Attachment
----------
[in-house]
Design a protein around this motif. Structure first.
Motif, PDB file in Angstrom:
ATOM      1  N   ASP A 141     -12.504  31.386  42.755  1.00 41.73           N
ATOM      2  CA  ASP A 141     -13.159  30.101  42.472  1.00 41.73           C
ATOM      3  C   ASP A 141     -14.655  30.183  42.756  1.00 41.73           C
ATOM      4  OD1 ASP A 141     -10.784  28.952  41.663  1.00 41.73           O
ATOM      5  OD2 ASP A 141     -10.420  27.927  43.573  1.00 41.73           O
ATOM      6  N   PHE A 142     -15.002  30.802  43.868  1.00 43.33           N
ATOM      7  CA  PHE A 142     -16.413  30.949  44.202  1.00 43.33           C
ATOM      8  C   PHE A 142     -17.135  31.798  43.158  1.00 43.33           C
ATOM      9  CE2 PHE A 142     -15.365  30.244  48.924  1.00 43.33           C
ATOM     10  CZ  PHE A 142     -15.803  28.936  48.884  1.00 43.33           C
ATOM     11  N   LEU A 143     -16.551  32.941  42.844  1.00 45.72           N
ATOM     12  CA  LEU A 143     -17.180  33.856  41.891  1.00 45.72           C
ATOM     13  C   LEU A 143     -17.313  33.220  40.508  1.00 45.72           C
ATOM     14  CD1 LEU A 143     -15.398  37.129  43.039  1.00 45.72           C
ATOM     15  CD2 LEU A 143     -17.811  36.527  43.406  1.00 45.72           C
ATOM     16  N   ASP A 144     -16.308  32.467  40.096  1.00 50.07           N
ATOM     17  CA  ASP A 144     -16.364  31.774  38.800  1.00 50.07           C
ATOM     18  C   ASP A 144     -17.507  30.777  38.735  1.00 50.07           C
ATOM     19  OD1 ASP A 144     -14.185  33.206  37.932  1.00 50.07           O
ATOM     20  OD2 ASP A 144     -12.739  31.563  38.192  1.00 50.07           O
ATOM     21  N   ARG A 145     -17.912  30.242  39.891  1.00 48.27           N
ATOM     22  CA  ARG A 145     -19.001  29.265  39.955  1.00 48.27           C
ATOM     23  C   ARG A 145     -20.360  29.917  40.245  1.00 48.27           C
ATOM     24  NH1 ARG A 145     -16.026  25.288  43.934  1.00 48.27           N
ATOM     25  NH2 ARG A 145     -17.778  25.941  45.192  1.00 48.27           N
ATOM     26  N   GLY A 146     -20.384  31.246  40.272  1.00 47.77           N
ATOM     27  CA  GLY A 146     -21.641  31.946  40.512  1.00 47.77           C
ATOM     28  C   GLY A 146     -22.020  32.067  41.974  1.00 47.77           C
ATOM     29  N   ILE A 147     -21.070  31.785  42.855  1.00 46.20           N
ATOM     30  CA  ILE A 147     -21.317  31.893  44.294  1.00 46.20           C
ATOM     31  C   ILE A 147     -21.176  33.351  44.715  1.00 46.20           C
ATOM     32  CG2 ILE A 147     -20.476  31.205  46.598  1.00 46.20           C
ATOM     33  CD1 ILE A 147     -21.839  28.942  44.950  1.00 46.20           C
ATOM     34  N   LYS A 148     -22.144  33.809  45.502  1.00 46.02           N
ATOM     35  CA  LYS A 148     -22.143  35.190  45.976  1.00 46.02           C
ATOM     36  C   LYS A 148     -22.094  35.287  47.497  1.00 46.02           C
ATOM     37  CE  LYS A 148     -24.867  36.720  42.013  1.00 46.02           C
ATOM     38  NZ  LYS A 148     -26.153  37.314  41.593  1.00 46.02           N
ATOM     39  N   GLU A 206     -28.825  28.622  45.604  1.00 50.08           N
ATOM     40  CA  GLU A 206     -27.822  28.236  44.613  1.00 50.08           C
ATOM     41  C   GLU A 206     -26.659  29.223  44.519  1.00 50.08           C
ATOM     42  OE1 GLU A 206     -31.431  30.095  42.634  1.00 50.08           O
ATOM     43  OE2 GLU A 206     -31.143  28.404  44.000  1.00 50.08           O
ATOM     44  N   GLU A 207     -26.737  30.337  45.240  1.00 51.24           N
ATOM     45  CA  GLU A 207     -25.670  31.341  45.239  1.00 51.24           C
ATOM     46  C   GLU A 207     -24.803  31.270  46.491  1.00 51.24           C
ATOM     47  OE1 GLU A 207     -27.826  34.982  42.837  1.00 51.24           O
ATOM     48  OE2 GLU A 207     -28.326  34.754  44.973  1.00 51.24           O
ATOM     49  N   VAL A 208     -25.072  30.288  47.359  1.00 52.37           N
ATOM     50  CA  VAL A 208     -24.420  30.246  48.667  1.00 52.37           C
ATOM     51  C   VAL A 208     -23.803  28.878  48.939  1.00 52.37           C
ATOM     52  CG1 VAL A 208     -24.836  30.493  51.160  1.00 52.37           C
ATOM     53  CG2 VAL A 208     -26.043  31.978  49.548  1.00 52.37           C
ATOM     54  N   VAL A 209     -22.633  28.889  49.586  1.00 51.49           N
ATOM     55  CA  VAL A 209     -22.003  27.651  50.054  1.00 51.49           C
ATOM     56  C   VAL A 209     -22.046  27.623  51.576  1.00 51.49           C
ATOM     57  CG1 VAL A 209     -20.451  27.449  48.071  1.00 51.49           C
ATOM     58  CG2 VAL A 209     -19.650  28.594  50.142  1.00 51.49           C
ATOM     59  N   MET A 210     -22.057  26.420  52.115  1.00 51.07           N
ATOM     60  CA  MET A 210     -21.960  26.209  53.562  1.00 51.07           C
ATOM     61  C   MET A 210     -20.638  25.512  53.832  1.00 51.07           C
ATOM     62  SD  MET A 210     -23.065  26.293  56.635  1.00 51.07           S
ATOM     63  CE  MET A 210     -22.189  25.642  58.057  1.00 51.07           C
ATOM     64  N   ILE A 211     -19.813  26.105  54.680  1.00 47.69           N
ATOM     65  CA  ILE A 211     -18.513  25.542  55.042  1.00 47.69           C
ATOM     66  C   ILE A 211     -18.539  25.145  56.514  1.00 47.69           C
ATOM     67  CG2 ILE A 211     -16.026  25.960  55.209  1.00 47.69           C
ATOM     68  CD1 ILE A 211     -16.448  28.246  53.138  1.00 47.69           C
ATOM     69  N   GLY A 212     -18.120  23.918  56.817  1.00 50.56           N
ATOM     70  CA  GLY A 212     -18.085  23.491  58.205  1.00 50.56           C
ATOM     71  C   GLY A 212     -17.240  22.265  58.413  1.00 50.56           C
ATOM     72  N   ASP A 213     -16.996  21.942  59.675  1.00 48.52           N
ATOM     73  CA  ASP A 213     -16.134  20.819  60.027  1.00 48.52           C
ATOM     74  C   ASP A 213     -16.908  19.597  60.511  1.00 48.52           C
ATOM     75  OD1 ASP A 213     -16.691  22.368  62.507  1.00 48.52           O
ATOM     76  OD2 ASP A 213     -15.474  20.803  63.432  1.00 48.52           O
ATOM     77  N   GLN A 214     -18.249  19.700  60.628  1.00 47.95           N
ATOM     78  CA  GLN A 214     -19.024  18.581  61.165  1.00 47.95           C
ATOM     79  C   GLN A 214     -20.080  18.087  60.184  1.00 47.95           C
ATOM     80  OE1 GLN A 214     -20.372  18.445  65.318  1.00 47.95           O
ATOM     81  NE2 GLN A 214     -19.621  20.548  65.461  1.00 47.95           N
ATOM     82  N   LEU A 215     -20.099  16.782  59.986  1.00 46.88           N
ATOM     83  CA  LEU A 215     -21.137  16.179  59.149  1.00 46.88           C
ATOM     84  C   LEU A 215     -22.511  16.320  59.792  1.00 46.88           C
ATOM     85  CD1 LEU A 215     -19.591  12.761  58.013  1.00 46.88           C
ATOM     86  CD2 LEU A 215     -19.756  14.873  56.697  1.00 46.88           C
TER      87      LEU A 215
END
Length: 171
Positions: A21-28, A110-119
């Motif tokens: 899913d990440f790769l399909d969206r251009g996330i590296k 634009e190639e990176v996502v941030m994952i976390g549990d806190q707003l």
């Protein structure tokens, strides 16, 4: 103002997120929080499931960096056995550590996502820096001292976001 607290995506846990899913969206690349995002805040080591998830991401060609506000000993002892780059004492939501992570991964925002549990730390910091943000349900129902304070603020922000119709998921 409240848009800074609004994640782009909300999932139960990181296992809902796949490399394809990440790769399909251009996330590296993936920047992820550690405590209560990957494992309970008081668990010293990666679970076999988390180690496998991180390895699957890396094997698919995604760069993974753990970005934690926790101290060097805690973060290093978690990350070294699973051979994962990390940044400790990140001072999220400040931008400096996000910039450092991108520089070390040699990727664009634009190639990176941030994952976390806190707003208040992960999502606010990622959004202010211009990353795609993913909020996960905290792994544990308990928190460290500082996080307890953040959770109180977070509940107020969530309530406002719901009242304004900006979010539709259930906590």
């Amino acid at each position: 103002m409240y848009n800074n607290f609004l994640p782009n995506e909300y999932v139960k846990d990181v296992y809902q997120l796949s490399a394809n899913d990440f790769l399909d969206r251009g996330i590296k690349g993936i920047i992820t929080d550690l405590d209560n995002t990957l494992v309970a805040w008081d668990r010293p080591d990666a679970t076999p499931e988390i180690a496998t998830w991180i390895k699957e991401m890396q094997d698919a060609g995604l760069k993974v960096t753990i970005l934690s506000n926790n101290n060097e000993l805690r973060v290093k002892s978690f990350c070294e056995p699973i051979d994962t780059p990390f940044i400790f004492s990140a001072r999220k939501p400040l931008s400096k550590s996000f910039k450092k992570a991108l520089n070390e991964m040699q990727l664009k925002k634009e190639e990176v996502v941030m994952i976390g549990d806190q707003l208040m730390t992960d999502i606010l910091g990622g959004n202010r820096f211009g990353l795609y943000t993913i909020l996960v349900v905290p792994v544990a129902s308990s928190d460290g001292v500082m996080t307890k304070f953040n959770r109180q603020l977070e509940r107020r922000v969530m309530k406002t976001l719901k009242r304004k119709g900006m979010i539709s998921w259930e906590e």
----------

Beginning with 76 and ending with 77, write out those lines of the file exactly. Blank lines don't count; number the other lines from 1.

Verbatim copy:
ATOM     73  CA  ASP A 213     -16.134  20.819  60.027  1.00 48.52           C
ATOM     74  C   ASP A 213     -16.908  19.597  60.511  1.00 48.52           C